CT and the Community Hospital: Formula for Success
CT and the Community HospitalAlthough academic medical centers and large hospitals were the early adopters of 64-slice CT solutions, community hospitals are entering the 64-slice world in quickly increasing numbers.

“Small hospitals are in a difficult position,” asserts Marc Miller, MD, chief of radiology at New London Medical Center in New London, Wis., and founder of Advanced Medical Diagnostics in Mission Viejo, Calif. “Many are struggling to keep pace, maintain imaging volumes, and compete with larger sites.” State-of-the-art CT scanners offer a means to compete with larger institutions, improve the bottom line, and enhance patient care.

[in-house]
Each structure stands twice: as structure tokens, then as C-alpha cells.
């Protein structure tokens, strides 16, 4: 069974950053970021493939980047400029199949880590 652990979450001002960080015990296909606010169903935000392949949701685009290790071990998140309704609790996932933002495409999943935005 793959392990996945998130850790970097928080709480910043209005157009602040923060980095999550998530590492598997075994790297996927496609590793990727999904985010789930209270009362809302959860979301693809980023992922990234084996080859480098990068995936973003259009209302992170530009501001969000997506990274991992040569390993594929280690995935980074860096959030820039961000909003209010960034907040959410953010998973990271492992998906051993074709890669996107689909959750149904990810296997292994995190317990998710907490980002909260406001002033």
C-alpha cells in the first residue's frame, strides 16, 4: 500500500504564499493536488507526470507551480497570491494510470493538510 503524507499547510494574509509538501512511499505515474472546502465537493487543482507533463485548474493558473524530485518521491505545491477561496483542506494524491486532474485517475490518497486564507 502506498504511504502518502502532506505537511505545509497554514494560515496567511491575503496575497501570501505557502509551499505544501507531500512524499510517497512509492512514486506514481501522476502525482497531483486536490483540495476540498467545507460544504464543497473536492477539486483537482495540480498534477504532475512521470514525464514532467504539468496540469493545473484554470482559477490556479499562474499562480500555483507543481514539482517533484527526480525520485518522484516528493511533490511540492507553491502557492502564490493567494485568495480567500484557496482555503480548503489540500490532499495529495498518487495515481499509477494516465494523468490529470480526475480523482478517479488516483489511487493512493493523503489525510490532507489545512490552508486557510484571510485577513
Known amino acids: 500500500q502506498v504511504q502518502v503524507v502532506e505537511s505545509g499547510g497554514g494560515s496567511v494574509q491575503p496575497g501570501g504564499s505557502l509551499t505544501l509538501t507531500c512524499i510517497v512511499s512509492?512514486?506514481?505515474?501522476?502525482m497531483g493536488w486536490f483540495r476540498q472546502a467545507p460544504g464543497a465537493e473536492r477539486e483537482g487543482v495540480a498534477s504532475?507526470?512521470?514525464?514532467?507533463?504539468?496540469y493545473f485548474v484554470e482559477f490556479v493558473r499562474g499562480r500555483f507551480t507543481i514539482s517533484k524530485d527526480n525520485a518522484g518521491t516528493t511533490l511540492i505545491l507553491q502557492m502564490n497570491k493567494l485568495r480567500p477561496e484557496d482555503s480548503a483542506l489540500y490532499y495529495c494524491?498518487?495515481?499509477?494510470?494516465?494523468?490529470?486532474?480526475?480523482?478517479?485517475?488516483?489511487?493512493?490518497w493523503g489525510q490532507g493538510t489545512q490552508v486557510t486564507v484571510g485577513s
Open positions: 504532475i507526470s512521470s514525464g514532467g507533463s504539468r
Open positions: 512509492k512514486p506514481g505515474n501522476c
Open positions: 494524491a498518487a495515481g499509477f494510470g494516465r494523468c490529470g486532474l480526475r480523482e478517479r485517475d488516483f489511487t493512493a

At the same time, a small community hospital is not a large academic medical center. It often lacks the same budget, staff, or IT infrastructure as its larger peers, which leads many to ask: Can 64-slice CT succeed in a small hospital? The answer is a resounding “yes.”

Small hospitals can implement advanced imaging technology such as 64-slice CT and grow imaging volumes in a medically appropriate and ethical fashion, says Miller. One option is to contract with a consultant such as Advanced Medical Diagnostics which buys or leases scanners and charges hospitals a fee per scan to eliminate upfront costs and enable the hospitals to tap into state-of-the-art technology at a lower cost.

The key to success, says Miller, is to adapt the current imaging program to the expanded potential available with 64-slice technology. “We never recommend that a hospital deploy a 64-slice system and continue with the status quo.” Instead, the company outlines several paths to 64-slice success. Toshiba America Medical Systems Aquilion 64 can be a strong source of outpatient referrals and increased imaging volume and follow-up programs, particularly when implemented as part of a comprehensive strategy.